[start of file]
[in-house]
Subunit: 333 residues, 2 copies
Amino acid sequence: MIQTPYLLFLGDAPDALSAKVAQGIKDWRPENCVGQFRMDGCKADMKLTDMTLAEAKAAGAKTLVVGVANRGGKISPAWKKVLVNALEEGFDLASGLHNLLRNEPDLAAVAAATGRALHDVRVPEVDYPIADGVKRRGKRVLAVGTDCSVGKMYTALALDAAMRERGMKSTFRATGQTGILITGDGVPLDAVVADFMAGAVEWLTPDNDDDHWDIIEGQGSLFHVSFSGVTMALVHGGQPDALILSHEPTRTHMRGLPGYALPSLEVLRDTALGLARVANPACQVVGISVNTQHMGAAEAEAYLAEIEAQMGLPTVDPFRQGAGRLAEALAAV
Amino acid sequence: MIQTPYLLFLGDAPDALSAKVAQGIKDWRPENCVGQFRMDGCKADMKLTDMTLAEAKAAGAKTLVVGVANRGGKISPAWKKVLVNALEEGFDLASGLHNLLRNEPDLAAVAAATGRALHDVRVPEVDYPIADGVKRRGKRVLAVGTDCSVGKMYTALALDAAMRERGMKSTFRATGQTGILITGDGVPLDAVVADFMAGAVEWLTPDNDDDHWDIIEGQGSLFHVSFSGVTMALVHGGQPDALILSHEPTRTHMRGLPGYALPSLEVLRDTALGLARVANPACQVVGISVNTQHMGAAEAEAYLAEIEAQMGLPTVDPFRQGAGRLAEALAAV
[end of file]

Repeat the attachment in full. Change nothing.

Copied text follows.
[in-house]
Subunit: 333 residues, 2 copies
Amino acid sequence: MIQTPYLLFLGDAPDALSAKVAQGIKDWRPENCVGQFRMDGCKADMKLTDMTLAEAKAAGAKTLVVGVANRGGKISPAWKKVLVNALEEGFDLASGLHNLLRNEPDLAAVAAATGRALHDVRVPEVDYPIADGVKRRGKRVLAVGTDCSVGKMYTALALDAAMRERGMKSTFRATGQTGILITGDGVPLDAVVADFMAGAVEWLTPDNDDDHWDIIEGQGSLFHVSFSGVTMALVHGGQPDALILSHEPTRTHMRGLPGYALPSLEVLRDTALGLARVANPACQVVGISVNTQHMGAAEAEAYLAEIEAQMGLPTVDPFRQGAGRLAEALAAV
Amino acid sequence: MIQTPYLLFLGDAPDALSAKVAQGIKDWRPENCVGQFRMDGCKADMKLTDMTLAEAKAAGAKTLVVGVANRGGKISPAWKKVLVNALEEGFDLASGLHNLLRNEPDLAAVAAATGRALHDVRVPEVDYPIADGVKRRGKRVLAVGTDCSVGKMYTALALDAAMRERGMKSTFRATGQTGILITGDGVPLDAVVADFMAGAVEWLTPDNDDDHWDIIEGQGSLFHVSFSGVTMALVHGGQPDALILSHEPTRTHMRGLPGYALPSLEVLRDTALGLARVANPACQVVGISVNTQHMGAAEAEAYLAEIEAQMGLPTVDPFRQGAGRLAEALAAV